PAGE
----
Jake then talks about how he listened to music different from his friends, growing up, called it a journey for himself. Then it’s a well-timed Two Fingers, which the crowd really got into, clearly a fan favourite. It’s a cool tune, one to which my (now 5-year-old) daughter knows the words too. Then he swaps acoustic guitar for electric (a lovely blonde Telecaster – my favourite, of course), and away they go into a rockin’, partying Messed Up Kids. Love it. There’s a wee bit of fancy guitar footwork at the end of the tune, and the quick smile between the guitarist and Bugg is great.
Then, through the magic of video editing cuts, we go back in time, to the gig the night before this one, at Nottingham Arena, his hometown gig. Country Song plays in the background. Fan interviews are fun, talking about how relatable his songs are for them, coming up from not much of anything to where he is now. They seem proud of him.
Then we zap back to the Royal Albert Hall for Simple Pleasures. It builds into a solid rocker, great version. Then it’s a bluesy rockin’ Taste It. There’s a woman up on a guy’s shoulders, waving her arms for this one, she has to keep pulling up the front of her shirt so her bewbs don’t fall out. To his credit, Jake does a great job of not staring. Mostly.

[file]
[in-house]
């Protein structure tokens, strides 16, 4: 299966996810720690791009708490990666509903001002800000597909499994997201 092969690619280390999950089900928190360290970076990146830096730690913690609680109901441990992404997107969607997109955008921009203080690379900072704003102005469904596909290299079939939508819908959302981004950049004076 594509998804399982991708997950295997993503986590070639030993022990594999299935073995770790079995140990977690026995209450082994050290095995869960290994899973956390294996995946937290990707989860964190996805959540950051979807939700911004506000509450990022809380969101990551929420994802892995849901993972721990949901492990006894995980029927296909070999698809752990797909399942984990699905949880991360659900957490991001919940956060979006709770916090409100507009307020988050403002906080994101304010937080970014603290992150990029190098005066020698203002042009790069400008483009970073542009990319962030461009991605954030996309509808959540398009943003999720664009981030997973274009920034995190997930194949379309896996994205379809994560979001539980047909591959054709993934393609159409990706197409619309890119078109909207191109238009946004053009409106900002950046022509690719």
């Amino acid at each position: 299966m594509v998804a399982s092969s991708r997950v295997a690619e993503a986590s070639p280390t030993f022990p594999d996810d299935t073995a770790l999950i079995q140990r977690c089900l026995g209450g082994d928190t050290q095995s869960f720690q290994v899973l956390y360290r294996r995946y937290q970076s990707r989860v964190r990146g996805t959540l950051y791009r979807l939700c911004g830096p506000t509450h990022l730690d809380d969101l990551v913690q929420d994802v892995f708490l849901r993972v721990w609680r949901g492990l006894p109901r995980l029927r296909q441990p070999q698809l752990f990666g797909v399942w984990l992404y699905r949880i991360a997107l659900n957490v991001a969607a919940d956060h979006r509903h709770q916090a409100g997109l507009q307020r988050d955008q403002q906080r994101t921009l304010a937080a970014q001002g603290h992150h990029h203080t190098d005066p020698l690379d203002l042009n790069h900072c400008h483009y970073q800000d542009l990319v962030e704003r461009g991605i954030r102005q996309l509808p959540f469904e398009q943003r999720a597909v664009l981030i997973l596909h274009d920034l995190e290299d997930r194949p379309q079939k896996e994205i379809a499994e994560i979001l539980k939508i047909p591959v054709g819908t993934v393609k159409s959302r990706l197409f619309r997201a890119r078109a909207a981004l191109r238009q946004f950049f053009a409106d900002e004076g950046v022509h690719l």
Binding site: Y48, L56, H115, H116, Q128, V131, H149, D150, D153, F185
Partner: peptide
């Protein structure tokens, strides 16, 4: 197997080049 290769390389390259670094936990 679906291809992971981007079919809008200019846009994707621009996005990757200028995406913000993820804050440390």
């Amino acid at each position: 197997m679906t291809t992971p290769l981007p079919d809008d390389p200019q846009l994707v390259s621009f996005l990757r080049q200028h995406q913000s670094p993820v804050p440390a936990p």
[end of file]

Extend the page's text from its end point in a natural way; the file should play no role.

Then it’s a wee bit of interview with Jake about adding Johnny Marr to the show, and then Marr talks about his appreciation of Jake’s work. Marr joins them on stage for Kingpin and Slumville Sunrise, two rockin’ run-throughs with Marr ripping the guitar solos on his lovely Fender Jaguar. You could tell how much having Marr there really meant to Bugg, for sure.
Then we go to a cut scene of Jake working with a small choir of kids in rehearsal for joining him at the gig, and they have a couple of questions for him.
Jump back to the Royal Albert Hall, and away they go on Broken. The crowd goes silent and you could hear a pin drop in the place. It’s a slower version than I’ve heard him do in live settings before, but it’s such a strong song that it’s gorgeous no matter what they do to it. It takes a long time before the choir even comes in, and their part is pretty small, but when they do sing, the song achieves lift and the hairs on your arms stand up.
Before the show ends, they rip through Lightning Bolt, again with Michael Kiwanuka and Marr joining (that makes 4 guitars, a huge sound, and they all take solos) for a big blow out at the end.
One last talk with Jake, how much it all meant to him. He meant it. And as the credits roll, it’s Jake alone again, with acoustic guitar playing to the crowd (same as the DVD intro) on a bluesy tune called Strange Creatures, off the Messed Up Kids EP (the one Deke tried to get for me in T-Bay). Yes!
Jake Bugg might seem, himself, to be a bit of a dour wet blanket, never really impressed with his surroundings or anything else. But I don’t think that’s true, I just gather he’s a man of few words who doesn’t suffer fools very gladly. He’s also a man on a mission and he’s there to get the job done, so the lack of meaningless chatter and plattitudes is actually quite refreshing.
Fantastically filmed, with great sound, this is a perfect Jake Bugg concert. Loved it. I might wish they’d left the songs to stand alone and had the interviews as extra features, but this plays a bit like a documentary, and it’s still really enjoyable. The addition of Michael Kiwanuka and Johnny Marr brings the A game, and all the versions here are huge.